Don’t spend money you don’t have – realistic financial commitments
The success of The Barefoot Investor book shows just how powerful organising your finances can be. It talk about the steps of financial commitment and how to be accountable to it. If you haven’t read the book, I recommend doing so, it’s easy to get into and somehow make the dreaded financial commitment responsibility enjoyable to read. The information isn’t ground breaking, but it’s good to hear common sense finance guidance a couple of times: don’t spend money you don’t have. Put a regular amount of your pay into savings. If in a partnership, talk about your financial goals with your spouse and make sure you have a shared vision. Invest in shares that have boring, slow, steady returns.
This got me thinking about the 3 things you should do prior to making a financial commitment. Take this example, I recently joined a program that costs $199 a month. Before signing up I did these three things:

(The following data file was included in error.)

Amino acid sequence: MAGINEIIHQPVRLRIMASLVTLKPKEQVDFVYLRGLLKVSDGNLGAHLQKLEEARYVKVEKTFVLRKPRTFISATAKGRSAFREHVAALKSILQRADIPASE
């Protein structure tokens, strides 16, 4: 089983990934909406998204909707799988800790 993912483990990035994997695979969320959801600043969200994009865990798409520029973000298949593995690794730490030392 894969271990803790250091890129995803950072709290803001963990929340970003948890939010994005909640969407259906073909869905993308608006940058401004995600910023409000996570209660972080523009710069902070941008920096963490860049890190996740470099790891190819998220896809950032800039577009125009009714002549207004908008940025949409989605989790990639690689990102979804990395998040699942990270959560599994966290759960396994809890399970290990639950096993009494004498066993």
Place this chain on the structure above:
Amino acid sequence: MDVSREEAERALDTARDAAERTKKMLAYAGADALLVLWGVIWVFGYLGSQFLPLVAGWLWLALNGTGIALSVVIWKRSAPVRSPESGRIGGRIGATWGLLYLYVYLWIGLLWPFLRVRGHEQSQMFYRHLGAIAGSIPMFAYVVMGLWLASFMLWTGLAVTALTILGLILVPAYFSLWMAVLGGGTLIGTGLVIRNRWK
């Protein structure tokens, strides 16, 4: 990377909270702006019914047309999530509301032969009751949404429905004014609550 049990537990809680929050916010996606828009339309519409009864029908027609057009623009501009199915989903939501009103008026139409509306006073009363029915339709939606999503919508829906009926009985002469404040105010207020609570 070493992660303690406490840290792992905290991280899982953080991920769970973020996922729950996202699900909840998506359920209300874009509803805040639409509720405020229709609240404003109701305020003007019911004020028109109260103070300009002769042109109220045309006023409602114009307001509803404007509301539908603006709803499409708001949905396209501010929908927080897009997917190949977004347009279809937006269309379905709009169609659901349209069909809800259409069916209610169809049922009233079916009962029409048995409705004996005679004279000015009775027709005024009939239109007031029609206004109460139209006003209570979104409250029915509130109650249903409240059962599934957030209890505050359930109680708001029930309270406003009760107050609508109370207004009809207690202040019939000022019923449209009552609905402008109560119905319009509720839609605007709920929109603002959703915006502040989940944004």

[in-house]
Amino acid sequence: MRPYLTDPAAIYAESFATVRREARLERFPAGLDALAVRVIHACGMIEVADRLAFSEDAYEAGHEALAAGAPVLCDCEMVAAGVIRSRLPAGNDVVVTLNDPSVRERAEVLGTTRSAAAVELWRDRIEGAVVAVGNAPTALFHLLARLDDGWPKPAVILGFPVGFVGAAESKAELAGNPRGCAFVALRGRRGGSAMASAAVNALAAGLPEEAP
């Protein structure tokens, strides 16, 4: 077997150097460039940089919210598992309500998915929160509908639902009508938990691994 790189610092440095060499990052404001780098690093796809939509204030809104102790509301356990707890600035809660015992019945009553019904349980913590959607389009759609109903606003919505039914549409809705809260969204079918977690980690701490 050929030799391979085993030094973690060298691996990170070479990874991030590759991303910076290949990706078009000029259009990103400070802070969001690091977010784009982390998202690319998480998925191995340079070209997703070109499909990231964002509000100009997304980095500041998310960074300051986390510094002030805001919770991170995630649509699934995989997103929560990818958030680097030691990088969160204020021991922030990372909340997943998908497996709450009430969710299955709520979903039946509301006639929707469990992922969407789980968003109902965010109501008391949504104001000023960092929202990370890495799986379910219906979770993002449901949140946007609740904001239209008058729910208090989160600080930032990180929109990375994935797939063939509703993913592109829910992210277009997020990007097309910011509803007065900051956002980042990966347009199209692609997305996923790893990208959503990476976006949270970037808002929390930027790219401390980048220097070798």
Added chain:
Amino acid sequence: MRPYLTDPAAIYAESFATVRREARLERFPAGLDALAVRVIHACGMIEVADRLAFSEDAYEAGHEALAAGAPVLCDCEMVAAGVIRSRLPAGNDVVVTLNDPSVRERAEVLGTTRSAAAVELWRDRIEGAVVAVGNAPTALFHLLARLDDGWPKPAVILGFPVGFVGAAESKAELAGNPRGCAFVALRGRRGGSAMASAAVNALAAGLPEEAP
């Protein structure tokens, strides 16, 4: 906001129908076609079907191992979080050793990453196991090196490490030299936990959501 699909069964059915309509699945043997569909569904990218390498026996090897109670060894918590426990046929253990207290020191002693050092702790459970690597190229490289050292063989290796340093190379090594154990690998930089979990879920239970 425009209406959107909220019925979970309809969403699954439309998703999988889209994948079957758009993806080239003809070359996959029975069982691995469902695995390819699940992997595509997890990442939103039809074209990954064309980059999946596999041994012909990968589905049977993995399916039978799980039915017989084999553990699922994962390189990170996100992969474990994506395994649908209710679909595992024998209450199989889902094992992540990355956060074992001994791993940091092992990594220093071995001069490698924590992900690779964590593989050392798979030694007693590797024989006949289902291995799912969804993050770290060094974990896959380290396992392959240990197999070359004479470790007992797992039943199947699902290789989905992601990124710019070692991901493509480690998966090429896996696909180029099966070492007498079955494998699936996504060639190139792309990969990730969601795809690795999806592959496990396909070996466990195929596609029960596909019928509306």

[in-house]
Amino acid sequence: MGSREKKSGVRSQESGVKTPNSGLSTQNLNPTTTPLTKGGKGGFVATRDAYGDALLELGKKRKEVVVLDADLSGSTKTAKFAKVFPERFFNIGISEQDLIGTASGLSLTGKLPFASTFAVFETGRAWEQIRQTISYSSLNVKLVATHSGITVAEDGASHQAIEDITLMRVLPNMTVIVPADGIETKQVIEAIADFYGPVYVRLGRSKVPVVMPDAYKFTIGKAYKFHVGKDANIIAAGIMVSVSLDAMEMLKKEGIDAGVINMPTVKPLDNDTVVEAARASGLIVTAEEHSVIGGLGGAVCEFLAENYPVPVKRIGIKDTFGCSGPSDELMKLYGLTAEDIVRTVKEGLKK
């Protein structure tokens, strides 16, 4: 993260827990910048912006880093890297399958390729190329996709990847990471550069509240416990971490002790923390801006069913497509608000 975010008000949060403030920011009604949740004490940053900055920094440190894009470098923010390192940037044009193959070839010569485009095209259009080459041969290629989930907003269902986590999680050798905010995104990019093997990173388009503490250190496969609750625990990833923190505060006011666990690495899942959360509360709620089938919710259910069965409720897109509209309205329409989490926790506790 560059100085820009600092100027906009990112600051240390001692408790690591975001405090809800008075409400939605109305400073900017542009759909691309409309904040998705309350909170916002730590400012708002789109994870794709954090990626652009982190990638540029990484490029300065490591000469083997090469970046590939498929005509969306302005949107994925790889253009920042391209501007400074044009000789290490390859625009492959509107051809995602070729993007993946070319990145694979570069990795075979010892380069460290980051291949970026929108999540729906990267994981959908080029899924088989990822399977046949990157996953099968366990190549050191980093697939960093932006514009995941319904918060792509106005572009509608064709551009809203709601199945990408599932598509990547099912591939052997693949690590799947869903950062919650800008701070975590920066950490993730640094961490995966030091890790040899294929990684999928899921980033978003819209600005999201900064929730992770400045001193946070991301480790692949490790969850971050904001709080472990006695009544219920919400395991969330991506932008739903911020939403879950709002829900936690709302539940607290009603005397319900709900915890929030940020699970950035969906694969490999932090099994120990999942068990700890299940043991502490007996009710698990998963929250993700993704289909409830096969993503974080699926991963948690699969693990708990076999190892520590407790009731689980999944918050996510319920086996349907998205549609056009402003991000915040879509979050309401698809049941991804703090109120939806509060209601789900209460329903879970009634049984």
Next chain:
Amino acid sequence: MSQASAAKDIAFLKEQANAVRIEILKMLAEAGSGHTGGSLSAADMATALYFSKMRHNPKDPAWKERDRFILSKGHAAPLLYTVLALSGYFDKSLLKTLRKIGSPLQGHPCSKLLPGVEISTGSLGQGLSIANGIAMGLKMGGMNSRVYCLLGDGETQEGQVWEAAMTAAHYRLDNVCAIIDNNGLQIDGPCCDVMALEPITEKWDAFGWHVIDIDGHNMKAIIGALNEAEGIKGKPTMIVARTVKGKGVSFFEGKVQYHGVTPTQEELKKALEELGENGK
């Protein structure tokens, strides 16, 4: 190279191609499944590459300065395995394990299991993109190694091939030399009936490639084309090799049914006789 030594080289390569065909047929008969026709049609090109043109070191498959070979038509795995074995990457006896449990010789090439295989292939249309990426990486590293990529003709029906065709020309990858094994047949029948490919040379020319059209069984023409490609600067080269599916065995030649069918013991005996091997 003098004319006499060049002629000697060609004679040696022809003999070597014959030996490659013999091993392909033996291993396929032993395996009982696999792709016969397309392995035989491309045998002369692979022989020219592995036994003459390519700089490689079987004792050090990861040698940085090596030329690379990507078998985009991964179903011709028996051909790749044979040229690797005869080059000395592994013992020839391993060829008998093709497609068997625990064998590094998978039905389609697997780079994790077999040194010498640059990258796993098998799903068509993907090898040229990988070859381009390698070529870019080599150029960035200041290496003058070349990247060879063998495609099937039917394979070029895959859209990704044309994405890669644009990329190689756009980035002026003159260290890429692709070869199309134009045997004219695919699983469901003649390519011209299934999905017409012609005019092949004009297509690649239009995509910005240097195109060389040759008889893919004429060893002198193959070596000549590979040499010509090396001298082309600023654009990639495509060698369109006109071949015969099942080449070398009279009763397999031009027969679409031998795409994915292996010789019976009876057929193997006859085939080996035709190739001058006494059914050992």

- I made sure that there was space in the budget at this moment in time. This is about timing, is it right for you? Looking at your budget and other existing commitments as well as looking ahead at upcoming events and bills ensures that you aren’t biting off more than you can chew.
- I calculated how much I’d need to put away each pay to keep up with the payments. By breaking the amount in to smaller parts, it makes it more manageable to plan and incorporate the additional expense into your life.
- Before I purchased the program, I got a head start by saving up half of the first monthly amount. This way, I’m always ahead of the next payment rather than running head to head.
I hope these three things help you embrace your next financial commitment and enjoy the program, holiday, course, equipment, tool or whatever that you’ve purchased without stress.
For more flor&order budgeting ideas, check out this post.